Use this URL to cite or link to this record in EThOS: http://ethos.bl.uk/OrderDetails.do?uin=uk.bl.ethos.686345
Title: Separation logic for high-level synthesis
Author: Winterstein, Felix
ISNI:       0000 0004 5918 6524
Awarding Body: Imperial College London
Current Institution: Imperial College London
Date of Award: 2016
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Abstract:
High-level synthesis (HLS) promises a significant shortening of the digital hardware design cycle by raising the abstraction level of the design entry to high-level languages such as C/C++. However, applications using dynamic, pointer-based data structures remain difficult to implement well, yet such constructs are widely used in software. Automated optimisations that leverage the memory bandwidth of dedicated hardware implementations by distributing the application data over separate on-chip memories and parallelise the implementation are often ineffective in the presence of dynamic data structures, due to the lack of an automated analysis that disambiguates pointer-based memory accesses. This thesis takes a step towards closing this gap. We explore recent advances in separation logic, a rigorous mathematical framework that enables formal reasoning about the memory access of heap-manipulating programs. We develop a static analysis that automatically splits heap-allocated data structures into provably disjoint regions. Our algorithm focuses on dynamic data structures accessed in loops and is accompanied by automated source-to-source transformations which enable loop parallelisation and physical memory partitioning by off-the-shelf HLS tools. We then extend the scope of our technique to pointer-based memory-intensive implementations that require access to an off-chip memory. The extended HLS design aid generates parallel on-chip multi-cache architectures. It uses the disjointness property of memory accesses to support non-overlapping memory regions by private caches. It also identifies regions which are shared after parallelisation and which are supported by parallel caches with a coherency mechanism and synchronisation, resulting in automatically specialised memory systems. We show up to 15x acceleration from heap partitioning, parallelisation and the insertion of the custom cache system in demonstrably practical applications.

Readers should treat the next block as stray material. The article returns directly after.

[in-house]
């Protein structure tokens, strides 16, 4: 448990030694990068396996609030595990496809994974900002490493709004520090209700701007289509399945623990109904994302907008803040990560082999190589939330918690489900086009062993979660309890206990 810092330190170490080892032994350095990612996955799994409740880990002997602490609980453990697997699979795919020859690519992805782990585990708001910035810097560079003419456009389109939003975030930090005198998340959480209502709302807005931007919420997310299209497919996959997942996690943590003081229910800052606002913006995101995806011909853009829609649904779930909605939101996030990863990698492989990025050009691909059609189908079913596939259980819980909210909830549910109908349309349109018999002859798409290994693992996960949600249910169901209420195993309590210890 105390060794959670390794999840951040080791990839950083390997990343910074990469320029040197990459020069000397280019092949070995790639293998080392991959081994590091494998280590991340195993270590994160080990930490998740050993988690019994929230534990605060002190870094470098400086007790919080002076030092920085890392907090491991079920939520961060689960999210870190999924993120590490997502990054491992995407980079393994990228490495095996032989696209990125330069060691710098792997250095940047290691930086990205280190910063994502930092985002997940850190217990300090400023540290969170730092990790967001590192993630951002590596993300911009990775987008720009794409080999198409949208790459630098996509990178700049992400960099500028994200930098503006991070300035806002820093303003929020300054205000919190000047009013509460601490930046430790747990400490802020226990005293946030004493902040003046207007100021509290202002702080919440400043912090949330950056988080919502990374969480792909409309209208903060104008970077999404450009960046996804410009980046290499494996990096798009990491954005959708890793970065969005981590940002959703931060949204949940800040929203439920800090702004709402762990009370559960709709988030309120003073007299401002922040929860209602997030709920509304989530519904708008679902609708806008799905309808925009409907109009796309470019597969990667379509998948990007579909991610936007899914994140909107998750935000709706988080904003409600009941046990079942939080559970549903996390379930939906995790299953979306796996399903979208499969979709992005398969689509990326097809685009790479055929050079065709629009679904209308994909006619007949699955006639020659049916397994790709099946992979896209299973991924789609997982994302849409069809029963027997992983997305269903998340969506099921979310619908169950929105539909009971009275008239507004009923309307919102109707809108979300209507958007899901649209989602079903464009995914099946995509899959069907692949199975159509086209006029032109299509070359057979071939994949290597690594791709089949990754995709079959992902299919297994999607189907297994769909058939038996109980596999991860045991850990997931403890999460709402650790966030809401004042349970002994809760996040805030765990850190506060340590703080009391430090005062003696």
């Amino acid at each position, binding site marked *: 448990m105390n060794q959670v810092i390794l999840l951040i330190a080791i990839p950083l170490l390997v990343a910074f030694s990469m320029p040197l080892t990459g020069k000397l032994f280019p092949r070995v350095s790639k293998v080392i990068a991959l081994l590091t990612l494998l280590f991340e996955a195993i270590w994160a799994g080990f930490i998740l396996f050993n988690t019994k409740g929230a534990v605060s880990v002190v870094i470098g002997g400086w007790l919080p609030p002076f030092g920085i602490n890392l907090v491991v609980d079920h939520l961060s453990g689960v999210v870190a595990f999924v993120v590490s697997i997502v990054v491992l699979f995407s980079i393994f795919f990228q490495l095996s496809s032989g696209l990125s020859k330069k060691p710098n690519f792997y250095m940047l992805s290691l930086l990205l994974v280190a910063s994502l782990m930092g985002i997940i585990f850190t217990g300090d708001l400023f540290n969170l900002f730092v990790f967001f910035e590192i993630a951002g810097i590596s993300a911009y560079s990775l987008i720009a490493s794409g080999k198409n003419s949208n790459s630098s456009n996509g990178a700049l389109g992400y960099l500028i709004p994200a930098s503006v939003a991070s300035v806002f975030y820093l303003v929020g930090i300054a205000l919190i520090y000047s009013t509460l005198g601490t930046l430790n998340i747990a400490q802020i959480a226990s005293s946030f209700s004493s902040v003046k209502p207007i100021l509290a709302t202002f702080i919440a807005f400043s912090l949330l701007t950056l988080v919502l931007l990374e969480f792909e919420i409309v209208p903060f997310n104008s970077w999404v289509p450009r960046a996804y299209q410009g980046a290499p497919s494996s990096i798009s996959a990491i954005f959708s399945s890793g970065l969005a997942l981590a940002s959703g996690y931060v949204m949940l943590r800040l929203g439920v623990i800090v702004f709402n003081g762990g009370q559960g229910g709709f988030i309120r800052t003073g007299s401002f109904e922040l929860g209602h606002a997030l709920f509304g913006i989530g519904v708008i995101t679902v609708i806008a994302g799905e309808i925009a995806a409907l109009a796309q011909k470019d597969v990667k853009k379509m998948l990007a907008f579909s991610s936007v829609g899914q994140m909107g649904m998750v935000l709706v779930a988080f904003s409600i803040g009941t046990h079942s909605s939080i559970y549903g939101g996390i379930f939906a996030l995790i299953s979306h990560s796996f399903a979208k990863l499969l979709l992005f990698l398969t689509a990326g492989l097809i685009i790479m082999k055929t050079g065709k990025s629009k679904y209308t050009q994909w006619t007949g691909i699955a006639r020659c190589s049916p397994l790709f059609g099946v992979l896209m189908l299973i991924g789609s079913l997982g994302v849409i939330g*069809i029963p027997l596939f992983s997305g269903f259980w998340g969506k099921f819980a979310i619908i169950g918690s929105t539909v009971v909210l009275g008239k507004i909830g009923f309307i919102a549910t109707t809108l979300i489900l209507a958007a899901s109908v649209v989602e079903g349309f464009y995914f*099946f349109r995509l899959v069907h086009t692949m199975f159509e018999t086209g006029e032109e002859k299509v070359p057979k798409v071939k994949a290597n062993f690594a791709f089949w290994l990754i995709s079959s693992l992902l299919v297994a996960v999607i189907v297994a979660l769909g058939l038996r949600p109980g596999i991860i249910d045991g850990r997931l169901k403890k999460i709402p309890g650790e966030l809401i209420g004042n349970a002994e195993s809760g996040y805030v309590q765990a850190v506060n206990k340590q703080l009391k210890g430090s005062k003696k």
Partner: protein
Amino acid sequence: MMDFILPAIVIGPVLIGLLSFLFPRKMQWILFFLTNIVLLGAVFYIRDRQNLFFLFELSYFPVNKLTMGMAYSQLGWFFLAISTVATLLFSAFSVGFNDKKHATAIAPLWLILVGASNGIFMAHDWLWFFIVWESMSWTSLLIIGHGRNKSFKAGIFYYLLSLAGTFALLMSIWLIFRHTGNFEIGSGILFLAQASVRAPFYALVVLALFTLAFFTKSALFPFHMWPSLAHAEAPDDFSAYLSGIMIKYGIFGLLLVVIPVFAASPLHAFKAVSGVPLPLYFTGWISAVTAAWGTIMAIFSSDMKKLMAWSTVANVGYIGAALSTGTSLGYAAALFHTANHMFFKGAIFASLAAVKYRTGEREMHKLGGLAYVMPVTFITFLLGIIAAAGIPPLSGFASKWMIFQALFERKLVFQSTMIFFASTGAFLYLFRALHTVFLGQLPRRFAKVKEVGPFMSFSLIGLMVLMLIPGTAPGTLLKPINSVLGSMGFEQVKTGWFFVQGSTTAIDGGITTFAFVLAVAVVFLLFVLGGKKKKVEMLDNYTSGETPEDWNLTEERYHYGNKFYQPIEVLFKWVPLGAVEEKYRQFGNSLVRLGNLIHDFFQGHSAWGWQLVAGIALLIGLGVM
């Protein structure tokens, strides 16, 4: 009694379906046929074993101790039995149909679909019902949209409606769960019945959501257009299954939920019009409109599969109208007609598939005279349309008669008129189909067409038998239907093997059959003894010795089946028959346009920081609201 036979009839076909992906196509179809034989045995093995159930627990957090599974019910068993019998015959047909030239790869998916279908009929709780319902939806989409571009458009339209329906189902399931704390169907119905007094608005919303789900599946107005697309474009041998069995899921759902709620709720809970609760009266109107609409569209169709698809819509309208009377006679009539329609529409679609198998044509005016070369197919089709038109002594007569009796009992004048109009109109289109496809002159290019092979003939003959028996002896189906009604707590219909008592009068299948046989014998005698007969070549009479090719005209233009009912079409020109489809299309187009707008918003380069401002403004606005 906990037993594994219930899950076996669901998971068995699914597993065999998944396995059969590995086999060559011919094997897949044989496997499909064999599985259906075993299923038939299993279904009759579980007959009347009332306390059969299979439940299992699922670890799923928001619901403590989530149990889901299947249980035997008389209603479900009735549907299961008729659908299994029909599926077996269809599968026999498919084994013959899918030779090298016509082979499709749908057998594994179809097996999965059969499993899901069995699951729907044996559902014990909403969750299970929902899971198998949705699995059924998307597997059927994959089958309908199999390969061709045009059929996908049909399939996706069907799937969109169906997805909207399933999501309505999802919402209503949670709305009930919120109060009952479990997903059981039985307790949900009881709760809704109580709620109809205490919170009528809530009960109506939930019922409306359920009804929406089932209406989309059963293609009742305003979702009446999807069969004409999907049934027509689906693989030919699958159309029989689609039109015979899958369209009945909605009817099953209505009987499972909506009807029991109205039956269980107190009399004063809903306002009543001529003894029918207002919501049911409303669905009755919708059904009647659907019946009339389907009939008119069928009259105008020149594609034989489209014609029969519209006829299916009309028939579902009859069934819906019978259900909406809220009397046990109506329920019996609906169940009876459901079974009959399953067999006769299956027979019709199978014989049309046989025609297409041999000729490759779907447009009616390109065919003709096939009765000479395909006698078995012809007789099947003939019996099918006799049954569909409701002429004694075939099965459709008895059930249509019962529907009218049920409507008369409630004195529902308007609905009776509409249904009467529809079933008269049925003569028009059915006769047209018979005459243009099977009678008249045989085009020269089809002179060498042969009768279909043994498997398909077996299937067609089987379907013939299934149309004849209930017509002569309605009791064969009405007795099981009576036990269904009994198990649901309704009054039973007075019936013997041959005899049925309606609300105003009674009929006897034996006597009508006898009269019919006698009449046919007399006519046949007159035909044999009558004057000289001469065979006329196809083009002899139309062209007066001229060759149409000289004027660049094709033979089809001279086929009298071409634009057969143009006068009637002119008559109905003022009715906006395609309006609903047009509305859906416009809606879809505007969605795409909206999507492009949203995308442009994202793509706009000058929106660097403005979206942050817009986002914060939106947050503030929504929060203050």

Supervisor: Constantinides, George Sponsor: European Space Agency
Qualification Name: Thesis (Ph.D.) Qualification Level: Doctoral
EThOS ID: uk.bl.ethos.686345  DOI: Not available
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